I’ve never done much in the way of decorating cakes – just a bit of buttercream, plain icing, frostings, and I did make a train cake once for my nephew, but I don’t remember with what! So, fondant I haven’t tried before. While I got the recipe from Taste (see below), I also found this page useful for understanding how to work with it.
I made the carrot first. I didn’t have much success in getting the leaf to stay connected to the carrot, and it was quite soft. I decided to have another go the next night, and using a plastic container as the form, rolled out some fondant to spread over the container. I was able to achieve a fairly thin layer without it splitting, and I also found it easy to shape it. I cut the leaves out with a knife, and used a cutter to create the circles. I dusted the fondant with copious amounts of icing sugar while I worked with it so it wouldn’t stick.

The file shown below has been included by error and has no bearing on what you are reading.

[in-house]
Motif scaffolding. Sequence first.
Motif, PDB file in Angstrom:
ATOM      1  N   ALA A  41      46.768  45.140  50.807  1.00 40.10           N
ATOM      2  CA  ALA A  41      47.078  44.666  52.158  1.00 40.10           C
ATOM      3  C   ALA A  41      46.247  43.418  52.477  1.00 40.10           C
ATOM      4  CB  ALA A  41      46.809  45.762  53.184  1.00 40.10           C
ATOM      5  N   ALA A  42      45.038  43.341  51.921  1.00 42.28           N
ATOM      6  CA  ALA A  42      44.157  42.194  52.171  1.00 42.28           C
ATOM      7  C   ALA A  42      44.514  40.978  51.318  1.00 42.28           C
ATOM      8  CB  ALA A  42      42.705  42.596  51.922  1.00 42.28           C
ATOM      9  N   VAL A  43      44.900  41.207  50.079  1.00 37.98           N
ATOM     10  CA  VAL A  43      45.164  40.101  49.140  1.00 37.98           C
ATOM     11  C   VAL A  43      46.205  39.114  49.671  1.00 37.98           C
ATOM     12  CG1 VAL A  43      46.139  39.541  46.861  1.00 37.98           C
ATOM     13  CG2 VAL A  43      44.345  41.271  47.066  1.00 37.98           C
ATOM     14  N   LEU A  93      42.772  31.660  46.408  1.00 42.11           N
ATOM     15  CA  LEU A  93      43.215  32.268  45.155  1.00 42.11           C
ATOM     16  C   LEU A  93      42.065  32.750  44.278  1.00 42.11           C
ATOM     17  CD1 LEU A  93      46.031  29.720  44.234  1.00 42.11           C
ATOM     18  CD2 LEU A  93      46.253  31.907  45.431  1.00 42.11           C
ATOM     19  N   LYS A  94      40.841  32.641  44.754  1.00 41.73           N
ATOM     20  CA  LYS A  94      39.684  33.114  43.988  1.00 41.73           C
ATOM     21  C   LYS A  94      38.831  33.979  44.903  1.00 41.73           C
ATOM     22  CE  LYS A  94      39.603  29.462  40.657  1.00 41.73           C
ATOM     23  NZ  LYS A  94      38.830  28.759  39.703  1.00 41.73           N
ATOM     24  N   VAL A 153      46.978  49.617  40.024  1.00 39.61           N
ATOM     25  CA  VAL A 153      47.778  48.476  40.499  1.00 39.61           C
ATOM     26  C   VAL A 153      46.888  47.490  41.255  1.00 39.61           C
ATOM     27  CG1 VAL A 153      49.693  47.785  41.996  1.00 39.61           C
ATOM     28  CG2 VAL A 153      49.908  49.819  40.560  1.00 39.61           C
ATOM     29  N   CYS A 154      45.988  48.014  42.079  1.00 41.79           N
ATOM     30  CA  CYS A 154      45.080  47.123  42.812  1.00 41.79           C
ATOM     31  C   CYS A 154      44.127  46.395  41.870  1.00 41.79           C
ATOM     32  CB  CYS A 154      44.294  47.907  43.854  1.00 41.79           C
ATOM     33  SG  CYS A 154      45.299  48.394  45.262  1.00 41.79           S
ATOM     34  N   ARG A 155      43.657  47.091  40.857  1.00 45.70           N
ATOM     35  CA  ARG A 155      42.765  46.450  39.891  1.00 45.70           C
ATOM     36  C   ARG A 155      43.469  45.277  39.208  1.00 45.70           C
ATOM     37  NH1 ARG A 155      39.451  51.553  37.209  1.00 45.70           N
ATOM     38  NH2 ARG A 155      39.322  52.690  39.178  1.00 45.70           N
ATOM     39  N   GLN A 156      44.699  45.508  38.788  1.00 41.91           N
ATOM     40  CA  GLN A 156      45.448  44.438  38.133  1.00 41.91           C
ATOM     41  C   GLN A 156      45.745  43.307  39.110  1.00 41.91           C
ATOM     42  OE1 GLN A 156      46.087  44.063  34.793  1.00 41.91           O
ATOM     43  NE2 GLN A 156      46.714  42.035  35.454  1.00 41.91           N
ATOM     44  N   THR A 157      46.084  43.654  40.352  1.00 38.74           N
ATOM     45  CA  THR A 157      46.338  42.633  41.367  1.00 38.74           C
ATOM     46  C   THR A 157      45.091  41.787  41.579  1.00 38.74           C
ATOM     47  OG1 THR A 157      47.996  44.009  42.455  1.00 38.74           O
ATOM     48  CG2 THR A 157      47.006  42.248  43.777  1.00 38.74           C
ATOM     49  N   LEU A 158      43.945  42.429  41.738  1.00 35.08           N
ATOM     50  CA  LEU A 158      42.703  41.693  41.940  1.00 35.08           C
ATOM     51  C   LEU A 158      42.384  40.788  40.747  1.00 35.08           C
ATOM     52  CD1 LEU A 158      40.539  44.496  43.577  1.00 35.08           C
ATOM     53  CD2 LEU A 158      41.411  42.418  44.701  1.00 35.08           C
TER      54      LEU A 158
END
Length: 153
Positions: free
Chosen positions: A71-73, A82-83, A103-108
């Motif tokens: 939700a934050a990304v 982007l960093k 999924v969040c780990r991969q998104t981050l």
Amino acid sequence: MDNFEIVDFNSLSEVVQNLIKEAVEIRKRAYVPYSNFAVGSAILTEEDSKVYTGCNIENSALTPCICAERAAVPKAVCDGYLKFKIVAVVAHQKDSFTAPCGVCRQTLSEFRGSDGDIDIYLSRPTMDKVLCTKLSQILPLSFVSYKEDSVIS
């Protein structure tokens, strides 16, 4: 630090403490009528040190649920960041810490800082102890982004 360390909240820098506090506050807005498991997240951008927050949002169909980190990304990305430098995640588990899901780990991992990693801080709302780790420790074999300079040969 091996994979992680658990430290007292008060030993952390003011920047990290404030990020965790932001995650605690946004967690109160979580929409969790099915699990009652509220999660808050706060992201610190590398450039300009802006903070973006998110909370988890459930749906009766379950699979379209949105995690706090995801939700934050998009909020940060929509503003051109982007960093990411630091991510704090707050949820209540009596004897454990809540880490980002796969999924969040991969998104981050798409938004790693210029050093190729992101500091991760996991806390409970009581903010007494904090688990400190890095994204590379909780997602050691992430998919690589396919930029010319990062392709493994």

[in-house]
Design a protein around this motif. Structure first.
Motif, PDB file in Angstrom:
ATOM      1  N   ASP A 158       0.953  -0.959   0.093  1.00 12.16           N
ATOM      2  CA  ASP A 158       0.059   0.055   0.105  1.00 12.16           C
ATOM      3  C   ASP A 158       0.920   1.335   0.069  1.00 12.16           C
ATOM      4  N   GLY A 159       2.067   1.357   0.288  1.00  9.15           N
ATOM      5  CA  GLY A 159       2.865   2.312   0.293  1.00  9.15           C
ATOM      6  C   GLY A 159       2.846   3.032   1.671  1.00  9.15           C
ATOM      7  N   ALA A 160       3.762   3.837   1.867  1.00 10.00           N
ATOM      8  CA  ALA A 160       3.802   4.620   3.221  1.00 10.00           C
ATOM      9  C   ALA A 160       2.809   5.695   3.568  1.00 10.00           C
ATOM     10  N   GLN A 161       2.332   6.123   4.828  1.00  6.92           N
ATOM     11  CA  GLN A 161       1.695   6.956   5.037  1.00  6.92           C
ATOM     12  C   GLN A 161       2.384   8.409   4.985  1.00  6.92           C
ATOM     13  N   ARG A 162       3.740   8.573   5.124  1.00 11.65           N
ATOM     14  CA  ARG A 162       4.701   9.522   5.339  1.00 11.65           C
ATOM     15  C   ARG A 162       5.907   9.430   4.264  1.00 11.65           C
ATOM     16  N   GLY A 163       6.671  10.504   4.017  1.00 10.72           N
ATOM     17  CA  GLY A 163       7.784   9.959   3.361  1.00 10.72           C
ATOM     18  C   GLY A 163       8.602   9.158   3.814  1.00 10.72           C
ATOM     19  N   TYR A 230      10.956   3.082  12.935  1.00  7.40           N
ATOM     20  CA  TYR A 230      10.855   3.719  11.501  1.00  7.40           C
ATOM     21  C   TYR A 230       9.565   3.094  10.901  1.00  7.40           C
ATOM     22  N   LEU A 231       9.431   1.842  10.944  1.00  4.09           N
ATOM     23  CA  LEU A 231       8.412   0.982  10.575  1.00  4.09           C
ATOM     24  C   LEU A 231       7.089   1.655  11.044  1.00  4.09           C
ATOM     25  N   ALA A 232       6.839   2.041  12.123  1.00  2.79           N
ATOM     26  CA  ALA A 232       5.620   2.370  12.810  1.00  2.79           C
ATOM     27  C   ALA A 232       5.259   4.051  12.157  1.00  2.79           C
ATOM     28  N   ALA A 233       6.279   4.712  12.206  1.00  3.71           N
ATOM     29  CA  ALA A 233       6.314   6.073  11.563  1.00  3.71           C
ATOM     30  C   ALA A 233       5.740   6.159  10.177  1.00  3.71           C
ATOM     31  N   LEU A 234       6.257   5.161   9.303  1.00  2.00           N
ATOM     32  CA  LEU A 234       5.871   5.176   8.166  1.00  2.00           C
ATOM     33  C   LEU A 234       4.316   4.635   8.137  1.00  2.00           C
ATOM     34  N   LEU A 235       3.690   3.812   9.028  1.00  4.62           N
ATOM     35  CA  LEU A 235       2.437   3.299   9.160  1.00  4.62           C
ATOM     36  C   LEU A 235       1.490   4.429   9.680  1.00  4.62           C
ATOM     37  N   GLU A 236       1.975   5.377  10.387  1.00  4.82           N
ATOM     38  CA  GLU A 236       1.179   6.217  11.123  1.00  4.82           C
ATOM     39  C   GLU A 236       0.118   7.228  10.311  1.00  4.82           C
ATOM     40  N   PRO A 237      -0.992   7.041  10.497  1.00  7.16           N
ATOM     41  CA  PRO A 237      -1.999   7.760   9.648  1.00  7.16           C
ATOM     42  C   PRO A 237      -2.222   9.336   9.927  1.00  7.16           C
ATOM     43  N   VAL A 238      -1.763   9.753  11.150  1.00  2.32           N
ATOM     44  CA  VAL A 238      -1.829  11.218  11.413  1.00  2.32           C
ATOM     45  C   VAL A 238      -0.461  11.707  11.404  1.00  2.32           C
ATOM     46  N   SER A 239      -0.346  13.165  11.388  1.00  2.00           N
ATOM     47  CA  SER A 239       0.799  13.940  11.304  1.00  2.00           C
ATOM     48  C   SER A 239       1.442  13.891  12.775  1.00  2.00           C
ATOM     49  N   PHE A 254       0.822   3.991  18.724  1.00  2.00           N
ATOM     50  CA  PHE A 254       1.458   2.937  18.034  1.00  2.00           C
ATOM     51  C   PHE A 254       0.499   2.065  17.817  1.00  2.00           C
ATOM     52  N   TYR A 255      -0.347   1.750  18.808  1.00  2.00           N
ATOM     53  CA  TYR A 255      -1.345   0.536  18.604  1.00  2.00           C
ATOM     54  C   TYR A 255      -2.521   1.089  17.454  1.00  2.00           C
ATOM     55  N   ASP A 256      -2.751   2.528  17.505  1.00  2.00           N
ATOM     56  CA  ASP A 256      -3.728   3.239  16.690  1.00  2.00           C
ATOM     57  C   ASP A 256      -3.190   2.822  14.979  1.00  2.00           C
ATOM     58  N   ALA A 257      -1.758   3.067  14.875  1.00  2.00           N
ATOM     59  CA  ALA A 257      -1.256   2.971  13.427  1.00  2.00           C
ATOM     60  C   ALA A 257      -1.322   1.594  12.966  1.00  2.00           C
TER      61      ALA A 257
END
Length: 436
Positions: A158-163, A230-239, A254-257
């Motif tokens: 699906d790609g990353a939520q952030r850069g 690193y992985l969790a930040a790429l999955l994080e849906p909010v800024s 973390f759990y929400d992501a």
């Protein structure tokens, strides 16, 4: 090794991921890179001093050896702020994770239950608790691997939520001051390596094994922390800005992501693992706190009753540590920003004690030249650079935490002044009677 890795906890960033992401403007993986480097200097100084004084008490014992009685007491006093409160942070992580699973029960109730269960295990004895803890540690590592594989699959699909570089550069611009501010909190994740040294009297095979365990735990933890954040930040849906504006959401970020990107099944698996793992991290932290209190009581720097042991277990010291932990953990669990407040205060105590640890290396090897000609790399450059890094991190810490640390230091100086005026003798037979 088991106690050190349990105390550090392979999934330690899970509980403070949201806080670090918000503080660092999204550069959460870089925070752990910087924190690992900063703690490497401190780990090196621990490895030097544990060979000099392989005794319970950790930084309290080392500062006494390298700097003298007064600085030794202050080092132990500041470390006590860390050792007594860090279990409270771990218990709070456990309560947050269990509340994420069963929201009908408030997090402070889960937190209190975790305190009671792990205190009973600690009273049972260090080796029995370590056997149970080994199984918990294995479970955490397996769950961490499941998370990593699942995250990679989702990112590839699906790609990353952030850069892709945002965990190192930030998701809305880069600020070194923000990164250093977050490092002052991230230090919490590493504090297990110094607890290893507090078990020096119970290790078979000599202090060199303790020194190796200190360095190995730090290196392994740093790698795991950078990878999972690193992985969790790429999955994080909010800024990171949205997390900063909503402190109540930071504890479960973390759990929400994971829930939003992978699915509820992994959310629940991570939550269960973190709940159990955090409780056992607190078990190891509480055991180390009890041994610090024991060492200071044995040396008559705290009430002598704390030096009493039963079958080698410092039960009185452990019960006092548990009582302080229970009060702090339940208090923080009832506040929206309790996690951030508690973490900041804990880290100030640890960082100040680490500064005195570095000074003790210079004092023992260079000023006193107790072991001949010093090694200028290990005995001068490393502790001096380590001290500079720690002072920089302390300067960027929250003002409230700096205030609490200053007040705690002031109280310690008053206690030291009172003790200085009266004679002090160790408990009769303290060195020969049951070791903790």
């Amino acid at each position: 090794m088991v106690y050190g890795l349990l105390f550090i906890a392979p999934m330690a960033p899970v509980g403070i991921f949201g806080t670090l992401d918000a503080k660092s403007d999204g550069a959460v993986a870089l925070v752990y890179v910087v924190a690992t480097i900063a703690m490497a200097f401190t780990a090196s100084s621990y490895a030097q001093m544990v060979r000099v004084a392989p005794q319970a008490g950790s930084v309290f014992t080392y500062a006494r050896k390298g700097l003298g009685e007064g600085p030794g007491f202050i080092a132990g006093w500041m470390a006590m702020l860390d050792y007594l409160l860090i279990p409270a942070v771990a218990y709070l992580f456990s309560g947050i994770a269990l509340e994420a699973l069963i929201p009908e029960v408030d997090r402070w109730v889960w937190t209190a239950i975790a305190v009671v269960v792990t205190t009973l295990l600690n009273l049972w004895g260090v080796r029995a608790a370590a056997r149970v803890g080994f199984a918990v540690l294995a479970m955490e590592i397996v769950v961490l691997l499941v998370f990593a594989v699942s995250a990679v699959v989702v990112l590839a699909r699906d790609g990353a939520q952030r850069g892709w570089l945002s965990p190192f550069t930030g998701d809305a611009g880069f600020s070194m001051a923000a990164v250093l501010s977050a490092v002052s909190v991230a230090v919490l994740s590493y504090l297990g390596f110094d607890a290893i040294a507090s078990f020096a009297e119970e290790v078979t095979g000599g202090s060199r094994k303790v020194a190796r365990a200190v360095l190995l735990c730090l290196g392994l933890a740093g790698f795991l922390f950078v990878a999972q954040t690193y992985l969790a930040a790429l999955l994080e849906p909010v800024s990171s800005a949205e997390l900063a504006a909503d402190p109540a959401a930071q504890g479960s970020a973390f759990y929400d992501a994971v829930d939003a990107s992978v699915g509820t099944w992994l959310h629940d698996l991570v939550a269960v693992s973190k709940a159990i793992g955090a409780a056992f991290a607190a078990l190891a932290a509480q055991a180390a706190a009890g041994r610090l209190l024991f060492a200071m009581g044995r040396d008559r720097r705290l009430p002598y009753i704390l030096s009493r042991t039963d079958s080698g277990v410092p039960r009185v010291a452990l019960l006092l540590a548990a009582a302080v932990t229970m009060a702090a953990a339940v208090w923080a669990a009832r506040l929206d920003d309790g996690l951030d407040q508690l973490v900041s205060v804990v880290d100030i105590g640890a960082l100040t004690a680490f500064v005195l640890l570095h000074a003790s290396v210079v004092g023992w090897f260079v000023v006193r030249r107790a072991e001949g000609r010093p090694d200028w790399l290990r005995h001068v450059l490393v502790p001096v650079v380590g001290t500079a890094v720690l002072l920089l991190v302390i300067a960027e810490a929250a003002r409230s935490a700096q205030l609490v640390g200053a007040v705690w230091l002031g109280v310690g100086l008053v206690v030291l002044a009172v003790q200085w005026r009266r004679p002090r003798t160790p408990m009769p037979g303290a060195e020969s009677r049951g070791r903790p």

Once I had each piece in place, I used a wet pastry brush to clean it off. The damp surface helped stick the next layer on – this is how I could have made the leaf stick to my carrot. Brushing made the fondant wet and it took about a day (24 hours) to dry. I was pleased at this point to observe that it had also set hard. The thinner bits were brittle.
Several recipes I looked at had glycerine added to the fondant, which helps keep it pliable and stops it from drying out. I’m sure this helps but I didn’t have any on hand and still managed to successfully work the fondant. I kept it in a sealed plastic bag over a number of days and was able to get it to a workable texture with a bit of manipulation.
I had some spare glaze from a fruit tart, but rather than making my fondant decoration shiny, it made it sparkly. I found another site that tested a few methods for achieving shiny fondant.
A final note: brushing my fondant with a damp pastry brush made some of the colours run – you can see the purple has run onto the green leaf. The brush was too wet – it really only needs to be damp.
Recipe by Kathy Knudson, Taste Australia Online